It turns out that teaching language arts, math and science to fourth graders is not the same as manufacturing cars on an assembly line. That is, the microeconomics principle of economies of scale—or the cost advantages that businesses get by increasing the scale of production—do not always apply to educational interventions.
Put another way, an intervention that works great in one specific educational setting cannot necessarily be “scaled up” to work in many other settings.
This is the finding of a major new study funded by the National Science Foundation, on which Associate Professor of Psychology Steven Stemler collaborated with colleagues at a number of other universities including Yale, Cornell and the University of Sydney. The study, carried out in 223 classrooms across the country in the early- to mid-2000s, was published in the American Psychology Association’s Journal of Educational Psychology in August. The paper is titled “Testing the Theory of Successful Intelligence in Teaching Grade 4 Language Arts, Mathematics, and Science.” The researchers set out to test educational interventions grounded in the theory of Successful Intelligence (SI). This theory acknowledges that different people have different strengths in areas such as creativity, problem solving, or practical skills. In SI-based interventions, teachers appeal to all these different areas in order to connect with different students where they are strongest.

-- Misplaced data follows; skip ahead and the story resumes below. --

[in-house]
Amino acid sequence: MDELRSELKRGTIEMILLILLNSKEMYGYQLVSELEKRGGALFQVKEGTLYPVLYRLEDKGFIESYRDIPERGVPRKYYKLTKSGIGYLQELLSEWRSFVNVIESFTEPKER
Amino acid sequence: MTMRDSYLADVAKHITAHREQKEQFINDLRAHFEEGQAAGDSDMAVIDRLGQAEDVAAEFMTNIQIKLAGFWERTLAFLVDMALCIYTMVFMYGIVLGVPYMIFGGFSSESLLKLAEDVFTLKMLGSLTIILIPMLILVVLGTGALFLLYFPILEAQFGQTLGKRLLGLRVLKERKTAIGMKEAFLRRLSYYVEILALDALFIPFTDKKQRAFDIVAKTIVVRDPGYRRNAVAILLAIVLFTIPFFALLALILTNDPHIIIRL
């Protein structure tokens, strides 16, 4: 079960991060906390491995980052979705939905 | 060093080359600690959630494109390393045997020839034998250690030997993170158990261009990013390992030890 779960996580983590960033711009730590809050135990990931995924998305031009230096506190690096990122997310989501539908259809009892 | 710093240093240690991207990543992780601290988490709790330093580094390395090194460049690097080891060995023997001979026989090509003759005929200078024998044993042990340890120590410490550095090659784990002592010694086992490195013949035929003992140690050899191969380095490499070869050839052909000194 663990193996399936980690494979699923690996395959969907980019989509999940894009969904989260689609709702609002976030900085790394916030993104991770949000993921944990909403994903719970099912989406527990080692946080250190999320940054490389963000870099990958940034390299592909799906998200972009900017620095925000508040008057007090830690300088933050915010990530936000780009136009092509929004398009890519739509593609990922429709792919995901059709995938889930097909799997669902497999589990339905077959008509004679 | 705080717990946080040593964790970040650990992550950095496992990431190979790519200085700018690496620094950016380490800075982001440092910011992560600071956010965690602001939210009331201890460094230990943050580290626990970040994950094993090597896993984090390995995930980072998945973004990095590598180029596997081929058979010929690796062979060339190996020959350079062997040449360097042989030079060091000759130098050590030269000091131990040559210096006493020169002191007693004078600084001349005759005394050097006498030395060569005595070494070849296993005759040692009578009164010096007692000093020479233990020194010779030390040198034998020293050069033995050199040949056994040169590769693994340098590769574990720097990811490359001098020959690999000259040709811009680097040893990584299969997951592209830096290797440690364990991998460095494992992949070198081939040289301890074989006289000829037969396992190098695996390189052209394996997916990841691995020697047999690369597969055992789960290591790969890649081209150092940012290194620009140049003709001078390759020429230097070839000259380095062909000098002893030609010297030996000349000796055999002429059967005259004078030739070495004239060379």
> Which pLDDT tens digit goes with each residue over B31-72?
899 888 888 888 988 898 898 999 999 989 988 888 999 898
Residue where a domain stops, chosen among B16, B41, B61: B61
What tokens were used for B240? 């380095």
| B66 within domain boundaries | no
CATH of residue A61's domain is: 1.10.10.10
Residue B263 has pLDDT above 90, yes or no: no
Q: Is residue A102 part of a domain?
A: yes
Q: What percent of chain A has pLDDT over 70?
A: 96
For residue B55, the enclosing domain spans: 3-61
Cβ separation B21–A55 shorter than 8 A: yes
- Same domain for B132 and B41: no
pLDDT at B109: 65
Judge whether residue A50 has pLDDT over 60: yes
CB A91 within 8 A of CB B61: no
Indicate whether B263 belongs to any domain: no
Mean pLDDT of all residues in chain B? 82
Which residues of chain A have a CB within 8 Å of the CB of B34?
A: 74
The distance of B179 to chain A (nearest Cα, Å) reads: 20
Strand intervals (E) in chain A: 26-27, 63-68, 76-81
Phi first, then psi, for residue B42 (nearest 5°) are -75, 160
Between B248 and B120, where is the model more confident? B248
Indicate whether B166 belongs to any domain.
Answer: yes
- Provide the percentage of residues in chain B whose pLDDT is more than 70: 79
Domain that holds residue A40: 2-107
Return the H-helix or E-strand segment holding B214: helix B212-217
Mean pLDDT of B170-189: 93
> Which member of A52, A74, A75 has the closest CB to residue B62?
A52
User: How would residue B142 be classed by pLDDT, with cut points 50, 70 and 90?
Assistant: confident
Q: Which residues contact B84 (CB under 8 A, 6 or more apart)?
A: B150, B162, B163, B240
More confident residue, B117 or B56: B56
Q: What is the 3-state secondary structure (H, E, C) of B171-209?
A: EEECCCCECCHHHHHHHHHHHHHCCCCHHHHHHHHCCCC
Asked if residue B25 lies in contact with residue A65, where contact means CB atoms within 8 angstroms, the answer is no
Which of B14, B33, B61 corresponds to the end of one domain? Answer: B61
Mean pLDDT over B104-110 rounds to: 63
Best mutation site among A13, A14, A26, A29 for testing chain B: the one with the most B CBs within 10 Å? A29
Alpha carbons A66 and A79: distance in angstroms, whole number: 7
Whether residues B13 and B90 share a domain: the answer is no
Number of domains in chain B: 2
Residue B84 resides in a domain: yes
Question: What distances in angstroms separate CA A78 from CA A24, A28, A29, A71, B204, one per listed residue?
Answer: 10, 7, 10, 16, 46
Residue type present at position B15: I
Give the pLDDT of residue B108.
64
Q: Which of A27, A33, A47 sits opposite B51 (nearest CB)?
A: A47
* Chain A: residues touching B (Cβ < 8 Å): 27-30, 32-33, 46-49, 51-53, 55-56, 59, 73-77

SI interventions have been shown to be effective in a number of smaller studies in the past, but they had never before been scaled up in this way. The new study involved 7,702 fourth-grade students in 223 classrooms in 113 elementary schools in 35 towns located in nine states (Alabama, California, Connecticut, Massachusetts, Minnesota, Kansas, North Carolina, South Carolina, and West Virginia). Stemler became involved in the study while he was an associate research scientist and assistant director of the PACE Center at Yale in the mid-2000s. After the active part of the study in classrooms was completed, many of the researchers left Yale for other institutions, and Stemler was in charge of coordinating the ongoing data analysis with his now-disparate colleagues. When the results came in, the researchers were surprised to find that, in most instances, students receiving SI-based interventions did not perform any better than students in the other control groups. There were even fewer instances where students in the various control groups (which represented different styles of teaching intervention) outperformed students in the SI group. “The main conclusion is: context matters,” said Stemler.
“An educational intervention that works in one place isn’t necessarily going to work in another. Even if you can control for the variables inside the classroom, such as the textbook, curriculum, and class size, there are a host of other variables outside the classroom that have an impact.These factors include the level of poverty in a school, its leadership, experience and buy-in of teachers, background of students, and parental involvement, among others. This shows that trying to apply economic theories and factory-based models to education may be fundamentally misguided.”
One important implication of the study’s findings is in the approach taken by teacher training programs.
“Some programs train teachers in a standardized one-size-fits-all-way,” Stemler explained.
Others, such as Boston Teachers’ Residency, train teachers to work in a very specific context, such as public schools in Boston. Stemler’s research suggests that the more context-focused programs will likely be more effective.